Well written, interesting, ambituous. About immortals among us...
I did not expect to be able to count The Graveyard Game for my challenge; I thought I had filled all the categories this series could fill. However, Baker makes a dramatic change to her series in this volume, and that change opened up a new category for me: she dropped the first-person narration and switched to third-person omniscient, so that she could follow both Lewis and Joseph as they took their diverging paths to finding the truth about Mendoza and the other operatives that have gone missing through the ages.
Lewis was a very minor character in Sky Coyote; no one will ever rival Joseph as my favorite character in this series, but Lewis was a nice addition to the mix, being very different from both Mendoza and Joseph. While Mendoza is passionate and self-centered and Joseph is cynical and a delightful mix of self-aware and self-deluding, Lewis is a gentle soul, artistic and romantic and not at all concerned with (or a concern of) the larger issues of Company politics and the Silence. He has also been quietly in love with Mendoza for centuries, so when he starts to get wind that something nefarious is connected with her disappearance, he forces Joseph to let him help.
This novel serves as a bridge between the first three Company novels, which were very narrowly focused around specific events, and the rest of series, which looks to be shaping up into a large, millennia-spanning epic. It also serves to move us very quickly from 1996 forward all the way to 2276, less than 80 years before the Silence that has caused such consternation among all the different factions in the Company. We get glimpses of the multitude of disasters that has depopulated the Earth and created the very childlike, Puritannical mortals we met in Sky Coyote; but Baker's focus is not on the world-building but on her characters. As Lewis gets more and more wrapped up in his investigation of who Edward Alton-Bell Fairfax was, Joseph is forced to confront all those things he had willfully blinded himself to for so long. The sections in his narration are the strongest of the book the same way Sky Coyote is the strongest volume in the series -- unfortunately, they are short enough that they can be set off in italics without risking eyestrain.
This volume does its job well, filling us in on all sorts of stuff Mendoza isn't aware of, but it isn't as emotionally satisfying as earlier volumes. It feels like a transition book, and should be read as such -- valuable in the information it provides, but not capable of standing on its own in any way. Those that have been titillated by the hints dropped in the previous three books about the Company will start getting their answers here, but those that enjoyed the previous three books for their narrow focus on individual characters and events may think that this is the point where the series jumps the shark.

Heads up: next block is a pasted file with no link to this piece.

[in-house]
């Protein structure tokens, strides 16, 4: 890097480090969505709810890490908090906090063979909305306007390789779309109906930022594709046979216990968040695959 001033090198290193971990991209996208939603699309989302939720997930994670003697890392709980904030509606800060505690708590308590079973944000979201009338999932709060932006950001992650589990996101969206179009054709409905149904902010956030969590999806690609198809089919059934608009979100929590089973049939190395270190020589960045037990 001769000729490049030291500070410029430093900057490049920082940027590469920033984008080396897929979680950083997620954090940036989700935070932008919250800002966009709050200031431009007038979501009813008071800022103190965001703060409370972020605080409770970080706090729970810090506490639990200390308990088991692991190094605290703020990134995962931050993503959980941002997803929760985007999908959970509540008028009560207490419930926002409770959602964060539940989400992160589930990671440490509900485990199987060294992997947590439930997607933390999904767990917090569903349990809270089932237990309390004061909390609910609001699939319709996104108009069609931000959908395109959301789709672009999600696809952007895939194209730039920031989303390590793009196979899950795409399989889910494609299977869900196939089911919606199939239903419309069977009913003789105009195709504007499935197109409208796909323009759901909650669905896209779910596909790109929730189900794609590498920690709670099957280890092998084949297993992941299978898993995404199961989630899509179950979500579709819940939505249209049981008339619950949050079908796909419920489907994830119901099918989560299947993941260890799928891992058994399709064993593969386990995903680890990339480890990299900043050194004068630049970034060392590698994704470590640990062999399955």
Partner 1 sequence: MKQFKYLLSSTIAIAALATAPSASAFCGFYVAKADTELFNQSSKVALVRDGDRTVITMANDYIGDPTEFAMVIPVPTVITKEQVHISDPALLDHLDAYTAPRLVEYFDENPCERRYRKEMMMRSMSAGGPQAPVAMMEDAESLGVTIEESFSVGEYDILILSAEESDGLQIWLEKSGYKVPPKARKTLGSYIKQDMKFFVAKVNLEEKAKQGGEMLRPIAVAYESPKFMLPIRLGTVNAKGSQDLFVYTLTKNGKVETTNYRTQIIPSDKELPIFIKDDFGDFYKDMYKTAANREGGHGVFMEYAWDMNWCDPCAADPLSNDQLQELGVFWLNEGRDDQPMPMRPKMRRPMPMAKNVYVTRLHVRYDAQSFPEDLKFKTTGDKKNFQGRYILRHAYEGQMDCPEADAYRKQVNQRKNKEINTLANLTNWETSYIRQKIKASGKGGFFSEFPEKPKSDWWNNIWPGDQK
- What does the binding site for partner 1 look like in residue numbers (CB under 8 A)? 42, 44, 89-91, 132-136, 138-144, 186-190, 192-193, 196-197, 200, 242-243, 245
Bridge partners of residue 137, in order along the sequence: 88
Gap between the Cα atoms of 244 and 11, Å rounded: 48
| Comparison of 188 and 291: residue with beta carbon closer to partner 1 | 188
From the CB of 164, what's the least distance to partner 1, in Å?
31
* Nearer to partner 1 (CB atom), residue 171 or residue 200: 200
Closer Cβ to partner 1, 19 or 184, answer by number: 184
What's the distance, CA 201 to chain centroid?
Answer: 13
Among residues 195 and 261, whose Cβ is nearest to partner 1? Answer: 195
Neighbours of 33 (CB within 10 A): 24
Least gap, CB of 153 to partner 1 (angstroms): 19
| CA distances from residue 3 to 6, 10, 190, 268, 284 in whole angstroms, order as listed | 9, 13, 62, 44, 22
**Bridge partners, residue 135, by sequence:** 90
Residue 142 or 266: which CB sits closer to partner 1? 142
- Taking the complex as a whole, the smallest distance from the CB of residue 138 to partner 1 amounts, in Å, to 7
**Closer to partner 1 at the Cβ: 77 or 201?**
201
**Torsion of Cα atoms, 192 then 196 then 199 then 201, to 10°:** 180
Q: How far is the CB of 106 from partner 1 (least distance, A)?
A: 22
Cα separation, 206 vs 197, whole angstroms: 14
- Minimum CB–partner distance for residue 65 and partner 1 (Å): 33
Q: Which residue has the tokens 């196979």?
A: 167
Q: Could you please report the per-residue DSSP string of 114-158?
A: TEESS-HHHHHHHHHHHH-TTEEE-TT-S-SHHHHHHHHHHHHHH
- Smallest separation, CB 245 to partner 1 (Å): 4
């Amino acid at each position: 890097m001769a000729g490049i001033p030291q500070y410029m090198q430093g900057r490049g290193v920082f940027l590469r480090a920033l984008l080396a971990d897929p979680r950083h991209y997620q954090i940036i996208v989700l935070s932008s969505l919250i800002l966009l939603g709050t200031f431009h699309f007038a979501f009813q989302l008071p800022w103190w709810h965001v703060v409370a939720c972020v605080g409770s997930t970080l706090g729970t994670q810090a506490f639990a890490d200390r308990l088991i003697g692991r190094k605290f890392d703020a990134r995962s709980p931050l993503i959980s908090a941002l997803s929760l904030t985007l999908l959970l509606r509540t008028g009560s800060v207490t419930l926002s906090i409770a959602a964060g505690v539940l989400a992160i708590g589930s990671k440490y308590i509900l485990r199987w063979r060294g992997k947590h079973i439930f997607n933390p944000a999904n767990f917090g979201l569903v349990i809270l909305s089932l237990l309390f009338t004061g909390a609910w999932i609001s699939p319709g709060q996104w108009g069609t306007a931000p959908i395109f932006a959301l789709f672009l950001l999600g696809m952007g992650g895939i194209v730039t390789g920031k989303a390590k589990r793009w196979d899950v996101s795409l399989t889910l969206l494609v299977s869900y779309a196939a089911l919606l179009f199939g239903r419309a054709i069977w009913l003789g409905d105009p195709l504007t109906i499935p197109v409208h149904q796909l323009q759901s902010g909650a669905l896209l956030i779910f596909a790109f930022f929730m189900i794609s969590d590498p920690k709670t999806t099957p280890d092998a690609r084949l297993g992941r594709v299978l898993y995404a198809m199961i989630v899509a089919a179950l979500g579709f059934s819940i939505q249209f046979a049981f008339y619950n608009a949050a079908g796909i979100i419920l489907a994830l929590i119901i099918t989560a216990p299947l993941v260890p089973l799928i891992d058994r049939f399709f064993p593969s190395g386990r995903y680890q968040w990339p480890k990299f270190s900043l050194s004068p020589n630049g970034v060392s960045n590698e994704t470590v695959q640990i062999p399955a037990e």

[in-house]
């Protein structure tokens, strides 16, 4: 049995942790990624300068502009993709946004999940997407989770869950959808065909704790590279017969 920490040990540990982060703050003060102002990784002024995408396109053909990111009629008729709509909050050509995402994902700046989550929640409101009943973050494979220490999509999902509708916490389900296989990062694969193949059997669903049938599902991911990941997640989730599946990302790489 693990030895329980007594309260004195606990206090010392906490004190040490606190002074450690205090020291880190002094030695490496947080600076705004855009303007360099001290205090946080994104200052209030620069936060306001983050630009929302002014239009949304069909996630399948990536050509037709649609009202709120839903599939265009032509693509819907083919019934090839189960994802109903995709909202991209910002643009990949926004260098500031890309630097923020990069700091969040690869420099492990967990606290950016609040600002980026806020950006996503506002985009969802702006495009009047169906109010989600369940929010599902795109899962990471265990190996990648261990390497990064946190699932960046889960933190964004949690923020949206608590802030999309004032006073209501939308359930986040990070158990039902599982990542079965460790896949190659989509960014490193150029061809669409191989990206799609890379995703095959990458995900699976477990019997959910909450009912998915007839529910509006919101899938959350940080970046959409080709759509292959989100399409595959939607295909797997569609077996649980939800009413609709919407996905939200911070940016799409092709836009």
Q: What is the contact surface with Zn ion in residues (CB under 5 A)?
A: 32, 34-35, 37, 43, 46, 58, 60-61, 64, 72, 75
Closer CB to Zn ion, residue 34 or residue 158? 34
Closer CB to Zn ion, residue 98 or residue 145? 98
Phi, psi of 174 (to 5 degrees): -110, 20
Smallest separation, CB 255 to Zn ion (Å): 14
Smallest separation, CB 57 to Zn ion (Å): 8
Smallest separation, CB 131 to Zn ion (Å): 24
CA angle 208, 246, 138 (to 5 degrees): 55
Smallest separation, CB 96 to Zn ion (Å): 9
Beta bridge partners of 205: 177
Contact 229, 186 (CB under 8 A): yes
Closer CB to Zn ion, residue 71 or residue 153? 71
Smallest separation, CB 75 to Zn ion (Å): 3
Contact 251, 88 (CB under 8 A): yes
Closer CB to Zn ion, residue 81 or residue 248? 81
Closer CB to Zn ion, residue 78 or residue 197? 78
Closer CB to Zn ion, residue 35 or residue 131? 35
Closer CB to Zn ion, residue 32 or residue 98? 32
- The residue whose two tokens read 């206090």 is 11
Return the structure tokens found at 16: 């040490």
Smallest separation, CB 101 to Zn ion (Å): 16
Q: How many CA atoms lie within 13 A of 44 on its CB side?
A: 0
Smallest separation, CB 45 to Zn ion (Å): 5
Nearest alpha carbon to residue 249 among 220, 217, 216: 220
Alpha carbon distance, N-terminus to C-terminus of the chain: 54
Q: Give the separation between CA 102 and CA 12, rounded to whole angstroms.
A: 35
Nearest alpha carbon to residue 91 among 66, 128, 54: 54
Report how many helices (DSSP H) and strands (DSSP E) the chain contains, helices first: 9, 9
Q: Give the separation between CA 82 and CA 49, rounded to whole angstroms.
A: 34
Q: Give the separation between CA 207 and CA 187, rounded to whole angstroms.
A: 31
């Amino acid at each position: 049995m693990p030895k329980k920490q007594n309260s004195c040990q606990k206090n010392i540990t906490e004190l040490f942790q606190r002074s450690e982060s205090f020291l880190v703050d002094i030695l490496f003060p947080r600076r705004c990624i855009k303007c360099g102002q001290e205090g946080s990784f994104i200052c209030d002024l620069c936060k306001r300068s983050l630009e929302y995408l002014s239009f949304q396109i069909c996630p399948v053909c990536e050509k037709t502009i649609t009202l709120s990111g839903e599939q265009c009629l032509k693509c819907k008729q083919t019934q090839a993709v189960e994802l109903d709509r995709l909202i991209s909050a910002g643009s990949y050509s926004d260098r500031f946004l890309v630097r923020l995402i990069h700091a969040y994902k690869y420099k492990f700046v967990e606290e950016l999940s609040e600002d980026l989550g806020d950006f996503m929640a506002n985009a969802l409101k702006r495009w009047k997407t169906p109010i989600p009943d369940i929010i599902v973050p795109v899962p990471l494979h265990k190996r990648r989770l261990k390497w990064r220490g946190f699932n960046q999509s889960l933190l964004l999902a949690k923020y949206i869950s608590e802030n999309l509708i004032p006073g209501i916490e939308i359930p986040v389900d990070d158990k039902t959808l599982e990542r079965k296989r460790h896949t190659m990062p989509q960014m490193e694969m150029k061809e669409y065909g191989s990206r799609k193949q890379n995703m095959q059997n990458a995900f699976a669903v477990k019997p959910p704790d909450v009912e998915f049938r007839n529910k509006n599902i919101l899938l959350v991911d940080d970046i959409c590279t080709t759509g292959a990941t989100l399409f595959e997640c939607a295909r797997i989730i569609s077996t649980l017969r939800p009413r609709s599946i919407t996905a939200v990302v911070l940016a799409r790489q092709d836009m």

The 4th (I think) book of the Company. Joseph and Lewis search for Mendoza as the Silence draws closer. Baker continues to flesh out the history (past) of her charaters, while moving the action into the future for the first time.
The 'Company' stories all deal with the idea that, in the 24th century, a company learns how to send people back in time. To creat agents for itself, it takes children of a part time period and turns them into immortal cyborgs, who work for them on missions such as saving 'lost' artworks and extinct species, hiding them safely so that they can be 'rediscovered' in the 24th century.
It's all very noble on the face of it, but as time goes on, the Company's motivations and methods begin to seem more suspect to many of the agents. Do the people of the 24th century really appreciate what they've done? What will happen when the agent finally 'get' to that century? Why does no one ever receive any communications or supplies from later than the year 2355? What Happens?
The series is very slow-moving, in some ways, because although the focal point of the series is the cyborg botanist Mendoza, some of the books look at events from other points of view and other characters. So although the stories themselves might be full of action, the larger picture hasn't developed very quickly.
In 'The Graveyard Game,' Mendoza doesn't actually appear at all. As a matter of fact, she's disappeared. Her two friends, Joseph (who recruited her into the Company) and Lewis, are determined to find out what has happened to her. It starts a bit slowly, but as they gradually uncover rumors and plots and schemes within plots, the tension picks up. It's not just Mendoza - it looks like a lot of agents are disappearing. And whatever happened to the 'old' style of Company agent - the 'Enforcers.' They were supposedly immortal as well - yet they seem to be gone. Where are they? Is the Company disposing of its own people? Or is there a rogue faction within the Company? Or is a hostile outside force at work?